Only a population undoubtedly survives, in the Düzlerçami hunting reserve within the Termessos National Park in southern Turkey, although it is now largely fenced.
Other populations in Turkey, in Ayvalik Adalar, Gokova, Adakoy and Psokas Stavros-tis-seem to have disappeared in recent years.
Certainly, the fossils of Gamos in Rhodes go back to the Neolithic, and there are no signs of prolonged periods of domestication, so it could be considered a native population.
The Romans introduced ladies in southern England in the first century after Christ.
The species was introduced into the Western Mediterranean by the Phoenicians, and in the center and north of Europe for the Romans and the Normans.
However, most populations currently existing in Europe are the result of recent introductions (with the exception of some older ones, for example, in the United Kingdom, and in Castel Porziano in Italy).
In addition, most European populations are fenced and are strictly controlled, therefore there are few populations truly released (some are in the United Kingdom).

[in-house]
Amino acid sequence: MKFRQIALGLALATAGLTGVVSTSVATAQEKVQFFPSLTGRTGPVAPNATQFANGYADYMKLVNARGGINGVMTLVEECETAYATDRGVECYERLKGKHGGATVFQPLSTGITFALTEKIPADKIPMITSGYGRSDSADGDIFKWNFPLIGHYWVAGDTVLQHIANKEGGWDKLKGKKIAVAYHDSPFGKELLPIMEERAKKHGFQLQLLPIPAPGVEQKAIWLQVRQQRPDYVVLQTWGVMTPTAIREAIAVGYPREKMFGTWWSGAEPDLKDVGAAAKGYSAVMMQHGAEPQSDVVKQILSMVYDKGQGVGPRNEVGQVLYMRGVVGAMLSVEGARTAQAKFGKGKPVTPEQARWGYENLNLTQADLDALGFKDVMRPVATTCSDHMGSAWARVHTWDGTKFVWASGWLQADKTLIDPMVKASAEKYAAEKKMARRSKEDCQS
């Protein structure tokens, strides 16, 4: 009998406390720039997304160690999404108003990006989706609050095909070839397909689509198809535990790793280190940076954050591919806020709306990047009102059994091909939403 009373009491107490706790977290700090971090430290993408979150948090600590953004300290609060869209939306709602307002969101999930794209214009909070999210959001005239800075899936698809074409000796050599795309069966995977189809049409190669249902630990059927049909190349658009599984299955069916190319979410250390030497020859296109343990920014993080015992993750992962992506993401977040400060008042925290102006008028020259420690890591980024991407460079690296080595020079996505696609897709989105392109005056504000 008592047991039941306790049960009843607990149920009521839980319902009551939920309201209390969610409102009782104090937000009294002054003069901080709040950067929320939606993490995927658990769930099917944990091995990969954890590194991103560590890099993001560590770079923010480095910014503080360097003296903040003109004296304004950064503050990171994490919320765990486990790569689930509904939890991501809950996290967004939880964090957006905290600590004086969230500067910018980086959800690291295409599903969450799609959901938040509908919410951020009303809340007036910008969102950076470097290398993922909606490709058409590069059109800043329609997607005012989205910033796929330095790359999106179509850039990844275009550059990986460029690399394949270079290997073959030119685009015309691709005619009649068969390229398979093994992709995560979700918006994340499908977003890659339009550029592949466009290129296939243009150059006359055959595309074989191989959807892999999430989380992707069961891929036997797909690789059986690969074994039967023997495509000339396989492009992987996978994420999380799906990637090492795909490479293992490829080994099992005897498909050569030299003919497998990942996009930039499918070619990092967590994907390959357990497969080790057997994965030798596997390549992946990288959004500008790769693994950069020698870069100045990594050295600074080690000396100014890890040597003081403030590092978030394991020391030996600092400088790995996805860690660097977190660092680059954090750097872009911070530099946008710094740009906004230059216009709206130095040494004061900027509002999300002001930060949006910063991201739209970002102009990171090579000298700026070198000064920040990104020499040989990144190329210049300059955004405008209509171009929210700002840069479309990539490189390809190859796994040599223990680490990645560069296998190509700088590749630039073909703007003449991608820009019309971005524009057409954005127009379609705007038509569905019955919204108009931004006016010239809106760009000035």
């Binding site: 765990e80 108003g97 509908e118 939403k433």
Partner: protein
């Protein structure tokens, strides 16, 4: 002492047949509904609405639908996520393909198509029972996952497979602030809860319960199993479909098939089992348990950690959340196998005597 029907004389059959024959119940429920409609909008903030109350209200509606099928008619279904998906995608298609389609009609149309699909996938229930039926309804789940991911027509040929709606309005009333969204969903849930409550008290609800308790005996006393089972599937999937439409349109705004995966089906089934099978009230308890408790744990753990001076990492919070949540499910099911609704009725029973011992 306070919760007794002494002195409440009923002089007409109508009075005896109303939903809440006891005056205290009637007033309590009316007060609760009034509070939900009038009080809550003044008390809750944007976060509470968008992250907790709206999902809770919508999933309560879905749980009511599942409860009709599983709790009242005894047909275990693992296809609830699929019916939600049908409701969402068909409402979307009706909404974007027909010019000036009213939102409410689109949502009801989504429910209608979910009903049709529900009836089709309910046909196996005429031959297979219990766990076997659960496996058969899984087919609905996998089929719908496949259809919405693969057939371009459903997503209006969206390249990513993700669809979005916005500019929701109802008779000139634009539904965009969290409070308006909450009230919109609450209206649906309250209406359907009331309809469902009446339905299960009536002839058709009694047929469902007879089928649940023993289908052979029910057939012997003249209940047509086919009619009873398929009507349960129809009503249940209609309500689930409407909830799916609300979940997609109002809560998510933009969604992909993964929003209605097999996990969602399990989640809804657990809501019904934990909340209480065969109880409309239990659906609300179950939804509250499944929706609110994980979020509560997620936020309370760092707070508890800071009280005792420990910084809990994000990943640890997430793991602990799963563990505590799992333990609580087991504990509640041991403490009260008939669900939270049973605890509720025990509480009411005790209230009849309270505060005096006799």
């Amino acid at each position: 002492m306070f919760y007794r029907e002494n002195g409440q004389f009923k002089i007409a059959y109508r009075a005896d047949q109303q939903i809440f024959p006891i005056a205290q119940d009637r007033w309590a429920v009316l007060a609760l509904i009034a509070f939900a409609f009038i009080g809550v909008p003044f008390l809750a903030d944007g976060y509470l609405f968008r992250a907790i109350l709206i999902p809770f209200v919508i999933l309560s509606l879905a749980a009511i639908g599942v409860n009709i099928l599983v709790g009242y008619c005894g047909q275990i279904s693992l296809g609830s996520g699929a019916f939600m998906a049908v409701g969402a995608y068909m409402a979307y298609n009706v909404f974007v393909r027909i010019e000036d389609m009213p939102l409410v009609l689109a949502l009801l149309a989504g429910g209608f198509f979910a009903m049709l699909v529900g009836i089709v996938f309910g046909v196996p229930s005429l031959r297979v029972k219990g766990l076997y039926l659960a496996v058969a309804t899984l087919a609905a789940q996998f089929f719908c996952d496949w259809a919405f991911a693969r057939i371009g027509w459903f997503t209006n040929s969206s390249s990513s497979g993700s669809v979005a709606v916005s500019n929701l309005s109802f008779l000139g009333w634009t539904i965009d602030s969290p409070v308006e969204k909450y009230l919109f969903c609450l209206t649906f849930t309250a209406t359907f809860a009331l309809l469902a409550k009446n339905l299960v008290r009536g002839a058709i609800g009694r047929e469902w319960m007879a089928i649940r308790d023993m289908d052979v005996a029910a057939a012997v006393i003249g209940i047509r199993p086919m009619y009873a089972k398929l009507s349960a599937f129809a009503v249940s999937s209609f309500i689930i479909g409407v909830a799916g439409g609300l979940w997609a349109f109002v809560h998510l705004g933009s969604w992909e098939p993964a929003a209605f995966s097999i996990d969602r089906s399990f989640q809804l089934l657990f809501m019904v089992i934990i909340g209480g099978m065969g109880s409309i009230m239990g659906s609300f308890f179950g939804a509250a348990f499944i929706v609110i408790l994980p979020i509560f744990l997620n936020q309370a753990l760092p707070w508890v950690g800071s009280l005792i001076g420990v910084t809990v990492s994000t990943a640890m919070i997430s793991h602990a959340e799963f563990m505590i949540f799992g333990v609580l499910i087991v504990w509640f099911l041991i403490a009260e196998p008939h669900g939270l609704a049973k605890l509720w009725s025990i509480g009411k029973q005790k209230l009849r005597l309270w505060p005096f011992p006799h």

In most places the Gamo is managed as in hatcheries, since almost all of its current geographical distribution area is attributable to human beings.
In Portugal, for example, most specimens occur within closed areas, such as parks and private hunting areas, and apart from a few dispersed individuals there is no wild population.
Most European animals (with the exception of Termessos National Park, and Rhodes) are essentially descendants of domestic gams, possessing color varieties considered a domestication result.
A herd of historical value ladies is located in the Ottenby Reserve in Öland, Sweden, where in mid-1600, Karl Gustav X erected a stone wall around him to enclose a real flock, which still exists.
Another historical herd is that of the Phoenix Park, Ireland, composed of 400 to 450 copies that descend from the original herd introduced there in the 1660 decade.
Of particular interest is the population of the Mortimer forest on the border between England and Wales, where most of the population has its own characteristics with the longest fur and different ears.
A significant number of the Ladies of the Dean forest and in Epping Forest are from the black variety.
More recently, the species has been introduced in many countries around the world, in many of them it became considered a plague.